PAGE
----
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Avanti CEO Ponders Second Hylas Satellite

By | April 23, 2007

      Avanti Screenmedia has completed the demerger of Avanti Communications, which will allow the satellite networks business to concentrate on building a successful business in the satellite arena.

      Now that the demerger has taken place, it should also be easier for the operator to communicate the strength of its satellite business, said David Williams, CEO of Avanti Communications. “I believe the company’s assets and prospects are not fully valued at the moment because of our difficulties in properly communicate those elements to the market prior to demerger,” he said. “I think you will see a reversal there. I can now go out and explain a clean story. I can say that our market capitalization is 62 million pounds ($123.8 million) today, that is only slightly more than the cash equity value we have invested in our first satellite. I think when people are able to understand and analyze a straightforward satellite business, they will begin to see that value needs a fresh look.”

      Avanti’s business plan stems around selling capacity on its Hylas satellite, which is scheduled to be into orbit in early 2009, and to kick off this new era, Avanti Communications announced a seven-year contract with Satweb for satellite capacity based on existing leased capacity, which will then transfer to Avanti’s Hylas satellite.

      Williams believes the technology and power of the Hylas satellite will make it an attractive proposition for customers who want lower cost capacity. “We have 40 36-megahertz transponders equivalents for a capital cost of 118 million euros ($159.9 million),” he said. “That does make it cheap. The reason we are able to do that is that the technology that is on board on the satellite is able to extract very high power efficiencies. With Ka-band you can reuse frequencies very effectively and generate much more revenue generating capacity out of a fixed launch mass. The nature of the technology makes it very cost efficient for us. The Ka-band spot beam design means that if there is a customer who only wants a service in the U.K., they are not having to buy services on a transponder that covers the whole of Europe. So you are making much more efficient use of power and capacity resources for that individual customer.”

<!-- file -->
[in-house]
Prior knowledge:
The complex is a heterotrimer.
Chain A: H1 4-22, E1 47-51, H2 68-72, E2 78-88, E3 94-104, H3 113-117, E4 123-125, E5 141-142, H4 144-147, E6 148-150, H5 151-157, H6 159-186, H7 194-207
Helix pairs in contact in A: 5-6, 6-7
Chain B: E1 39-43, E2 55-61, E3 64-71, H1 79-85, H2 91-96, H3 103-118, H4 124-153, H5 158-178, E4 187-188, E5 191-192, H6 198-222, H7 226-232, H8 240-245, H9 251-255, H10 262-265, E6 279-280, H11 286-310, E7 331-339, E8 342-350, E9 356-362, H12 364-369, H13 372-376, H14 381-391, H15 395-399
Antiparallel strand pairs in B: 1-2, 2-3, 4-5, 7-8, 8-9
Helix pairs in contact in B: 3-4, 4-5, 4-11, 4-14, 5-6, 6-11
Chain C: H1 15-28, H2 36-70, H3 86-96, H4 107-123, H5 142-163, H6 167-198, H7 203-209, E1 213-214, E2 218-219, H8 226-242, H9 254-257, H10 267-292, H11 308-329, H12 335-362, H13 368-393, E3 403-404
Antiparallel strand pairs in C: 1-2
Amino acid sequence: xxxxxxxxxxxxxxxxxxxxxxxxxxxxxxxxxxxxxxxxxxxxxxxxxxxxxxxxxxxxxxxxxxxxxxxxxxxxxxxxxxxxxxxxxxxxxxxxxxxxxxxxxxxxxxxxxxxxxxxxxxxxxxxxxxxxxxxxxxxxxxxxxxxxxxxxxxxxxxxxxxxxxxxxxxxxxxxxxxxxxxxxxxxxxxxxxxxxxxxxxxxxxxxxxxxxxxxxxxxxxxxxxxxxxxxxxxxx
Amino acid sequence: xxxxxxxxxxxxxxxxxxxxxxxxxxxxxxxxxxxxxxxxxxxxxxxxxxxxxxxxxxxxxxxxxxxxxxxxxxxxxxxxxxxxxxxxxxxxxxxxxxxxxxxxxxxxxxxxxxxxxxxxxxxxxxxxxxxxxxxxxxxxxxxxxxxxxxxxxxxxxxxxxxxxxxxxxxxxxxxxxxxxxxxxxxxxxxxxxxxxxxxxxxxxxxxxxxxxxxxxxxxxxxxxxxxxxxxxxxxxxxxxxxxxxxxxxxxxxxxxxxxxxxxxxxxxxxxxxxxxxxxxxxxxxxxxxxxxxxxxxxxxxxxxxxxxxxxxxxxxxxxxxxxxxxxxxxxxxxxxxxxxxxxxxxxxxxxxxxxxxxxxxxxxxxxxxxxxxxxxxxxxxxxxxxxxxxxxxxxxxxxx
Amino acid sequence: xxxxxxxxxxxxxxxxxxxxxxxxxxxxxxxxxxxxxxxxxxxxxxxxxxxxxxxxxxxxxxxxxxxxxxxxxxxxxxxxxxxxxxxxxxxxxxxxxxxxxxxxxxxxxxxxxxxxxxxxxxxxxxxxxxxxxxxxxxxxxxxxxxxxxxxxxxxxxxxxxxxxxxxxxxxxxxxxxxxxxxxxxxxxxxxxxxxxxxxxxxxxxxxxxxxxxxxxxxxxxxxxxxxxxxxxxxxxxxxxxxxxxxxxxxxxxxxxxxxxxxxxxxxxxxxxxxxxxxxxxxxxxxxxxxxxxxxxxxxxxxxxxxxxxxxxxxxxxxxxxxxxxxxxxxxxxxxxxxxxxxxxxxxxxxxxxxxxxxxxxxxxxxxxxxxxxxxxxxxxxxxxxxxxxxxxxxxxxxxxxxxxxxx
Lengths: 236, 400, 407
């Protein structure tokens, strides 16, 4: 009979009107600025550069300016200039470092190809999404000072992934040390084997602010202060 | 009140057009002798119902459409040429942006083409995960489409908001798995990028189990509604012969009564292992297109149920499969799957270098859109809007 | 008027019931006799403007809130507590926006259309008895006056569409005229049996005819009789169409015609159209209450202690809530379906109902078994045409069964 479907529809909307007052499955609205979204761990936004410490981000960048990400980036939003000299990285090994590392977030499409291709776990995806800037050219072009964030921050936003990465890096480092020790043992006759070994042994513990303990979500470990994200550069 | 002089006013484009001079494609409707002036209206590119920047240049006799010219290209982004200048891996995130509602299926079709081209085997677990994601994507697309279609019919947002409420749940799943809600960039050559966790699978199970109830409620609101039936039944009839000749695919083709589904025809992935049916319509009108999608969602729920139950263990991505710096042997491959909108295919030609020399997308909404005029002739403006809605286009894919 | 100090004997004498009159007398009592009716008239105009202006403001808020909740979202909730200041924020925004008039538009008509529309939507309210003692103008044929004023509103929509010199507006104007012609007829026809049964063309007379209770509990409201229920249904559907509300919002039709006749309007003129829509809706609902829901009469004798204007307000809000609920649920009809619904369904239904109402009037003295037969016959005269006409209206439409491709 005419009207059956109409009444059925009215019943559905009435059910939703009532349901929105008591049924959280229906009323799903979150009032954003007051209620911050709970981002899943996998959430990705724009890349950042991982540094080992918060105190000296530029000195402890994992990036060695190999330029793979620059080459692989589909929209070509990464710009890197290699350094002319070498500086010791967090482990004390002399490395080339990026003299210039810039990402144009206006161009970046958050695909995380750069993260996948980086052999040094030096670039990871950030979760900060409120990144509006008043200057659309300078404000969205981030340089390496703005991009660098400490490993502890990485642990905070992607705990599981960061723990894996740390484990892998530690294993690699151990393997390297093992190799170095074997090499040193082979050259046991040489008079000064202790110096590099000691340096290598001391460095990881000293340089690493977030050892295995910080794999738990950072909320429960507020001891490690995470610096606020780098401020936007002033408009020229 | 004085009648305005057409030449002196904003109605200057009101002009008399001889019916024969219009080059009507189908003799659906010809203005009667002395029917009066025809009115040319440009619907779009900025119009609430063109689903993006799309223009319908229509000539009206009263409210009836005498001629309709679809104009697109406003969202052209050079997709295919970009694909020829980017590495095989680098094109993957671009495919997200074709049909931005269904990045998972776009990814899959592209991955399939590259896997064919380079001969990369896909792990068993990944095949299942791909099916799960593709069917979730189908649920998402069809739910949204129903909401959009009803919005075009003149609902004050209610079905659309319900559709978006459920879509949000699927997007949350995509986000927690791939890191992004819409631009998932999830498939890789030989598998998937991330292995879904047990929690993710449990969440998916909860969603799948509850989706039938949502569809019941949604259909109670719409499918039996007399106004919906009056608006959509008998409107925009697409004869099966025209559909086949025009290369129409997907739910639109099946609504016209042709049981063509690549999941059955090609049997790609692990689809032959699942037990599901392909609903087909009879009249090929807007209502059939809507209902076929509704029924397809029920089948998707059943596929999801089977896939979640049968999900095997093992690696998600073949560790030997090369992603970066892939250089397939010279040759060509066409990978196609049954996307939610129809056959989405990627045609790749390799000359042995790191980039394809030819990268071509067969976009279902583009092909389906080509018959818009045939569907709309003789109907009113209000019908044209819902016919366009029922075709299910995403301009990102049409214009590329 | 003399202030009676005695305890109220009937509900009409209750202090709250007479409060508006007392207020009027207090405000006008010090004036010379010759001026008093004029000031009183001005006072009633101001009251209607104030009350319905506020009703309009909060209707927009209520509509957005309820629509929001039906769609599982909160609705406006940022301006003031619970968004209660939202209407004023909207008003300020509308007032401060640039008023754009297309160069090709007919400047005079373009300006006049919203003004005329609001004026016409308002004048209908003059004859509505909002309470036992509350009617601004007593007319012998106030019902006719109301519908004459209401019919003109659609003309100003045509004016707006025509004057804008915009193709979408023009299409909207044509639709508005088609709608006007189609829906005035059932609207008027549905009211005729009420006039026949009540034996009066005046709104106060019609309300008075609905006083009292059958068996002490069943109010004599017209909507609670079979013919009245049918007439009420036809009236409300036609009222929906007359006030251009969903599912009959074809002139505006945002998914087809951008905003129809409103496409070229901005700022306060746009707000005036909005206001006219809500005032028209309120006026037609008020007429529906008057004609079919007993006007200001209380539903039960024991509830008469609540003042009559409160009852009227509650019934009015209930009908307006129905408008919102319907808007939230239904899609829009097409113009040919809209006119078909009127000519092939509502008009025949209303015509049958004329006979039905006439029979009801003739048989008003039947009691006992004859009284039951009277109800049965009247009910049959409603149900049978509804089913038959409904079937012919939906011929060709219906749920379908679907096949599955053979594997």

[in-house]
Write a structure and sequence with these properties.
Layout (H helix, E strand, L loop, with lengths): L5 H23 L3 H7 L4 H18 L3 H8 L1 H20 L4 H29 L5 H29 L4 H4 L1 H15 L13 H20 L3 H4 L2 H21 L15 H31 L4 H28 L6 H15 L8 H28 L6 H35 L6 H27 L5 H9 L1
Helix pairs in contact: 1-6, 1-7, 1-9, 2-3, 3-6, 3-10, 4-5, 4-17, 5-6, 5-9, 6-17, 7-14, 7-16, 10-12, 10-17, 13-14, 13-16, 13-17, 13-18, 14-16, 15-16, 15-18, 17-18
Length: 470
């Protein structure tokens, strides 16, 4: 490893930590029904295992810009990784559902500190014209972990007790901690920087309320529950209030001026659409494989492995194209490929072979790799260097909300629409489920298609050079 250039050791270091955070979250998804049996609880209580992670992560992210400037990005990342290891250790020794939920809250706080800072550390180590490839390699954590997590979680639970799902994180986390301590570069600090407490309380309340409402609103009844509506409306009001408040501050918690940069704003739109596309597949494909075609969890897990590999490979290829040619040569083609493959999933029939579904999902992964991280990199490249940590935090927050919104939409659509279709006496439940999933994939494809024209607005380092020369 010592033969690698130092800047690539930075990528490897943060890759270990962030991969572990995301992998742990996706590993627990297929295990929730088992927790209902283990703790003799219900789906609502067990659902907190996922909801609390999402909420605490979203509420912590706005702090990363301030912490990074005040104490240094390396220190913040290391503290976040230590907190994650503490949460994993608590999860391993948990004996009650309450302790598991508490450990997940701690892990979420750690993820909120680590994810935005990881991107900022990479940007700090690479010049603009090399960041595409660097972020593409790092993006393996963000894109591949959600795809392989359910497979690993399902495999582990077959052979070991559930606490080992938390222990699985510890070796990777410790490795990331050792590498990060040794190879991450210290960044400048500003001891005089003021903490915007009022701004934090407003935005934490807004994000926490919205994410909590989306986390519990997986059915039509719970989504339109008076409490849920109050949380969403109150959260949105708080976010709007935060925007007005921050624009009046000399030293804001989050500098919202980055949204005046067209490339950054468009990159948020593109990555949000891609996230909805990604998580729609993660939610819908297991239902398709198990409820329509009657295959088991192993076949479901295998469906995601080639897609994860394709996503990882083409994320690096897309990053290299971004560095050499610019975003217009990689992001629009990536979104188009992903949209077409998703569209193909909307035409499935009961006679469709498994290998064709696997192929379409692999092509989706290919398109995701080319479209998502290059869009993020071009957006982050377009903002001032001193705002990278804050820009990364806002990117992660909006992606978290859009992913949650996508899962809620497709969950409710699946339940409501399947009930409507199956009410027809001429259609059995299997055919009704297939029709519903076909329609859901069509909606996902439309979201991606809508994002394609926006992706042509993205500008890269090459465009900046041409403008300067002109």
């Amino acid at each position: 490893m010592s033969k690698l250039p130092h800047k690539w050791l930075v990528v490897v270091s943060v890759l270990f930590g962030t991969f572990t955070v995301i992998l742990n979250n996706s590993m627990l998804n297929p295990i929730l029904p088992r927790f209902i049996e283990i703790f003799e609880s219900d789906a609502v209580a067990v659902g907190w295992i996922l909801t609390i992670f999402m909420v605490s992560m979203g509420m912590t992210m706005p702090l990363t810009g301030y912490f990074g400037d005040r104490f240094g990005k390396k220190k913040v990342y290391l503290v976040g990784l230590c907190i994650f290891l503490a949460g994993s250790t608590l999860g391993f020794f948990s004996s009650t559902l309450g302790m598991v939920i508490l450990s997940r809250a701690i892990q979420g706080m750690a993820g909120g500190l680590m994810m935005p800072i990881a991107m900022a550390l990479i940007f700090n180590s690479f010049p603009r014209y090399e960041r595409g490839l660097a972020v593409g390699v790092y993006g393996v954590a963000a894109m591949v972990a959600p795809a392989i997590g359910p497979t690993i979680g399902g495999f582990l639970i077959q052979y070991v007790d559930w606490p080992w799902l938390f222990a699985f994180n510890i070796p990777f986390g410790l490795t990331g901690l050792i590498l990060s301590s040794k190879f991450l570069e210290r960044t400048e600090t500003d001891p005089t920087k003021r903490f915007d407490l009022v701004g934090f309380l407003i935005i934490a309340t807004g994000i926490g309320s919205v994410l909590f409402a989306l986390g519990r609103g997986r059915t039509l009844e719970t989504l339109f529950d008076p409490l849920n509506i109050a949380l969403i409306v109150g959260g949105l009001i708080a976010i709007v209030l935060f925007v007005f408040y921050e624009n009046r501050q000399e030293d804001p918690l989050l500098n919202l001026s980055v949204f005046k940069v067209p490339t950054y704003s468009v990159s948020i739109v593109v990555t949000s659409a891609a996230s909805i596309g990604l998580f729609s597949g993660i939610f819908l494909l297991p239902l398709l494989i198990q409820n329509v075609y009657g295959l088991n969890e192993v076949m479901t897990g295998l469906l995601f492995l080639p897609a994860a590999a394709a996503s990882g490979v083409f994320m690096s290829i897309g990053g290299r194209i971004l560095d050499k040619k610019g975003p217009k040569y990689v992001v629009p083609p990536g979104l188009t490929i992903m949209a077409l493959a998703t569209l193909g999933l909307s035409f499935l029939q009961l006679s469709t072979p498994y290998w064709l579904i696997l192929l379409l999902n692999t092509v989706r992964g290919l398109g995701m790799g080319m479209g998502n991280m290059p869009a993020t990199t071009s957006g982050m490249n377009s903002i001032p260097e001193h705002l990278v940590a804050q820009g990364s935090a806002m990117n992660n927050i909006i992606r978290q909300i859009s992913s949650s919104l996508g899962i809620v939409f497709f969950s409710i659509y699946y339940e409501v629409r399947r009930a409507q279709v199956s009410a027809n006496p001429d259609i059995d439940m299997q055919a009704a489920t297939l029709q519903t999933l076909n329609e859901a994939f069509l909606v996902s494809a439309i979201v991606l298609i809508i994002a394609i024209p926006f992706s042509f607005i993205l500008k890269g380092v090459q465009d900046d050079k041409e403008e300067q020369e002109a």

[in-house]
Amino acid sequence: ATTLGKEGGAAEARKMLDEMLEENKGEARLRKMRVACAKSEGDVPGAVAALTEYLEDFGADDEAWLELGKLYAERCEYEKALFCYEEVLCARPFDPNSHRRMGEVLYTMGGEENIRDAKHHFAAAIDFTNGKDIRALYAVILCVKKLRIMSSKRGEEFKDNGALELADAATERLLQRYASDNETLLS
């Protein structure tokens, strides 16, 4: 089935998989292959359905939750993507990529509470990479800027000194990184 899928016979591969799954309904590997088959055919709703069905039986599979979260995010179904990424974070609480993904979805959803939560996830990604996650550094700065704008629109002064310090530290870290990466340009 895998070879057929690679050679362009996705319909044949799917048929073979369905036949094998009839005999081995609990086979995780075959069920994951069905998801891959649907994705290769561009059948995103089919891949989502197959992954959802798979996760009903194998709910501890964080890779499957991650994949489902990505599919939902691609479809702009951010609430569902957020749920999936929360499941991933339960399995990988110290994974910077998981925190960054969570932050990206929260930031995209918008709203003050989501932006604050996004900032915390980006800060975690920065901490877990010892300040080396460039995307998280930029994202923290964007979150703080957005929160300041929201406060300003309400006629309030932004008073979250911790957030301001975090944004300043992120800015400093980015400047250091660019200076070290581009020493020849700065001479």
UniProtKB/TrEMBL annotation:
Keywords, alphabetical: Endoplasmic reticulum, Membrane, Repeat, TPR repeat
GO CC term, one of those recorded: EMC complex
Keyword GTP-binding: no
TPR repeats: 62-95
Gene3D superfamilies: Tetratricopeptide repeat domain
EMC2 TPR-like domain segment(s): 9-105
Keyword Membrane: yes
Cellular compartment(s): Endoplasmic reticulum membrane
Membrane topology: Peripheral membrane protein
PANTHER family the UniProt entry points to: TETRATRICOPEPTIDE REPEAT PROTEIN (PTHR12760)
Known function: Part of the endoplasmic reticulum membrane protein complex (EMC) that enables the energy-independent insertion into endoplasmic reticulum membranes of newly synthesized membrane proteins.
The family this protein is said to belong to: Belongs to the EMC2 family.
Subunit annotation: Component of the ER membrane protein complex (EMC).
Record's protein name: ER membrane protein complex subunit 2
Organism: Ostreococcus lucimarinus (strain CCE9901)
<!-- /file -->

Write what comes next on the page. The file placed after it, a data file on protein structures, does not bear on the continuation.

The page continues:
While the launch of the Hylas satellite is still two years away, Williams already is considering ordering a second satellite. “This is all about the success we have in pre- sales,” he said. ” I am certainly not interesting in making a large equity fundraising to buy a second satellite to go into the European position we have at 33.5 degrees West. Realistically, in order to finance the launch of a second satellite into that position, I would need to have half of Hylas pre-sold. If I have half of that capacity pre-sold, then the calculations are pretty straightforward. I have enough booked revenue to generate a return on the initial investment but also to support the debt financing on a second satellite.”

      While Williams is optimistic that there will be strong demand for capacity on Hylas, he admits it may take time for these plans to come to fruition. “We have to bide our time a little,” he said. “We have been telling our shareholders not to expect spectacular things in the next couple of years. We have to make sure we manage the procurement process well and that we keep the satellite launch on time. That is the most important thing we have to do. We have to try and pre-sell the capacity to reassure shareholders about our prospects but equally we don’t want to give away our capacity at stupid prices. Our board has made that clear to me, but we will exploit our cost advantages to give customers good opportunities. In a years time, I would hope to have sold a few more transponders and that should result in increasing shareholders confidence in the prospects of the company.”